They ran a control to make sure that bees did not simply prefer the closer feeder, all else equal. When they placed a feeder between tents two and three and one between three and four without changing the tent spacing (i.e., the training condition), bees dramatically preferred the further feeder. The test condition was significantly different from this control condition, indicating that (although the majority of the bees did not appear to rely on counting), some of them seemed to use counting to estimate distance to the feeder.
Giufra et al.19) test whether bees appear to understand the concept of sameness using a Y maze. First, they train the honeybees (over 60 runs) to associate some stimulus in the first chamber (such as a blue colored shape) with the same stimulus in the second chamber.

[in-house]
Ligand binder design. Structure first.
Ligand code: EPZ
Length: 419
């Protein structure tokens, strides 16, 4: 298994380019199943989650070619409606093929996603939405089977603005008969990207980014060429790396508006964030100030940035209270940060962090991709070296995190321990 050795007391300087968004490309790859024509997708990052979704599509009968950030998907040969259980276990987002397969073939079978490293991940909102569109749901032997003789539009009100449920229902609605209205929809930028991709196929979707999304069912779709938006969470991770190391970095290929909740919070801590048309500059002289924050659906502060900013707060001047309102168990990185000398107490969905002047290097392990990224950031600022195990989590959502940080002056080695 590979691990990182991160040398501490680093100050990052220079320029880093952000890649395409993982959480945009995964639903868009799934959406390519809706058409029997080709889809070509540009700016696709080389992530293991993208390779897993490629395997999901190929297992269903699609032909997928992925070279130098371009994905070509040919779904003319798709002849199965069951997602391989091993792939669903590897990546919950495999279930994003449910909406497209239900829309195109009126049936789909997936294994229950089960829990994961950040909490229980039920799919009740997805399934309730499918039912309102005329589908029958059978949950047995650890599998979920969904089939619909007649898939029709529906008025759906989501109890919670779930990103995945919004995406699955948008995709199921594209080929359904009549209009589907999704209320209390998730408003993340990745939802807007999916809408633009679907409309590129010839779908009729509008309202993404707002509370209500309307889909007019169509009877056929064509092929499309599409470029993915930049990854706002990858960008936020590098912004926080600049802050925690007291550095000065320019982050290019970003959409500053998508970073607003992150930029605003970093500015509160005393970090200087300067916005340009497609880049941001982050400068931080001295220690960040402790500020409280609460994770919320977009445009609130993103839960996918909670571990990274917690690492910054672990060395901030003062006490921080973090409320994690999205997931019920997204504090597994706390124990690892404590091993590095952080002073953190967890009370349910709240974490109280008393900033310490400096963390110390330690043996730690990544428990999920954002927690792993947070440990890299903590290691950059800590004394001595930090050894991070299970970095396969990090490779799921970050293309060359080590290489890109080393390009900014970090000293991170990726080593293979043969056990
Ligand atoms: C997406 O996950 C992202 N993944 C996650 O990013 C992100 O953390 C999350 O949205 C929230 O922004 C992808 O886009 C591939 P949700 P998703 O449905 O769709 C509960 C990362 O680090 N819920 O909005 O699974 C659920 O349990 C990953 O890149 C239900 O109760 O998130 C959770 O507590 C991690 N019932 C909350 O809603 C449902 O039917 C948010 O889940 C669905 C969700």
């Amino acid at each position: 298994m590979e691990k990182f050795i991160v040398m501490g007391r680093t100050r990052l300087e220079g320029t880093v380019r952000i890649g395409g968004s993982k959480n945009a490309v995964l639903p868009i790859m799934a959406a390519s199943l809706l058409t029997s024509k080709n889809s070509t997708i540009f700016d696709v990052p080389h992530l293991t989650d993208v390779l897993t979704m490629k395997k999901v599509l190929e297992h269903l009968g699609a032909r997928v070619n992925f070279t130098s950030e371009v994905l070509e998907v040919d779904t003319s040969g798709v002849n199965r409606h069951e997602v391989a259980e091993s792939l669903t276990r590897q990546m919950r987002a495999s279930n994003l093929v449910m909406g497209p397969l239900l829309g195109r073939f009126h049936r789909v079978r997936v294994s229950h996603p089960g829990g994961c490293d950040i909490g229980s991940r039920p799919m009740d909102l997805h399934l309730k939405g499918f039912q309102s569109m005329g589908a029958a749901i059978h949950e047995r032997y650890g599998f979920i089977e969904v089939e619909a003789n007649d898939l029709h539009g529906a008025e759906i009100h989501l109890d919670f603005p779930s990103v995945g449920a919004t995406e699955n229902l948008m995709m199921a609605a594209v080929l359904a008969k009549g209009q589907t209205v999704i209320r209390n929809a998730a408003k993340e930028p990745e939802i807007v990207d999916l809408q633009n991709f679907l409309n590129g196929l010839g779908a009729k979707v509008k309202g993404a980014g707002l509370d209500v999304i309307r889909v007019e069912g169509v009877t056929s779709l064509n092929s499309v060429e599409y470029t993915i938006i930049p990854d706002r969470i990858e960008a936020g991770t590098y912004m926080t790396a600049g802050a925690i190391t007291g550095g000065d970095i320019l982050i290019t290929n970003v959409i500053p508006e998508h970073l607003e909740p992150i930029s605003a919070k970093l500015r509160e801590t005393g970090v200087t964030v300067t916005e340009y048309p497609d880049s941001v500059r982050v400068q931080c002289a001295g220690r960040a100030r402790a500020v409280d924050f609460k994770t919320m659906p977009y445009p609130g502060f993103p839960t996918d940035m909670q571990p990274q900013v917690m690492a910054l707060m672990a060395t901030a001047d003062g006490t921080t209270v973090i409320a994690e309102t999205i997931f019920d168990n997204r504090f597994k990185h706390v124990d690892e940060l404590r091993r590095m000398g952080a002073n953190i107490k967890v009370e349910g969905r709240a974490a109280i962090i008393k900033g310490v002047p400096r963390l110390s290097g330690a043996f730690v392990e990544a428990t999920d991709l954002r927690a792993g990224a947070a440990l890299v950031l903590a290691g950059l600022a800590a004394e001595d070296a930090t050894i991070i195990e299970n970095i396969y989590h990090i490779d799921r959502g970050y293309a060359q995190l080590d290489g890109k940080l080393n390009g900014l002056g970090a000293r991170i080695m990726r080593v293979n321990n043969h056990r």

Once the bees have learned this, they test them on novel stimuli. For instance, if bees were trained using colored stimuli, they might then present bees with a horizontally grated stimulus in the first chamber. If the bees then chose the horizontal stimulus in the second chamber over a vertically grated stimulus, this was taken as evidence that bees understand the concept “same.”
They used this paradigm with many different train/test pairings. For instance, in another experiment they train the bees on gratings, but test them on colors. In another they trained bees on odors and tested them on colors. Across all of these experiments, bees showed 70-80% accuracy at test (chance is 50%).
Using a Y maze, Avarguès-Weber et al.20) test whether honey bees appear to have the relational concept of above versus below. To do so, they first present the bees with a single, horizontal line in the first chamber (hereafter referred to as the “reference line.”) The position of this line is held constant throughout the experiment. In this portion of the Y-maze, only a line is present. Shapes are introduced in the second chamber (as will be discussed shortly).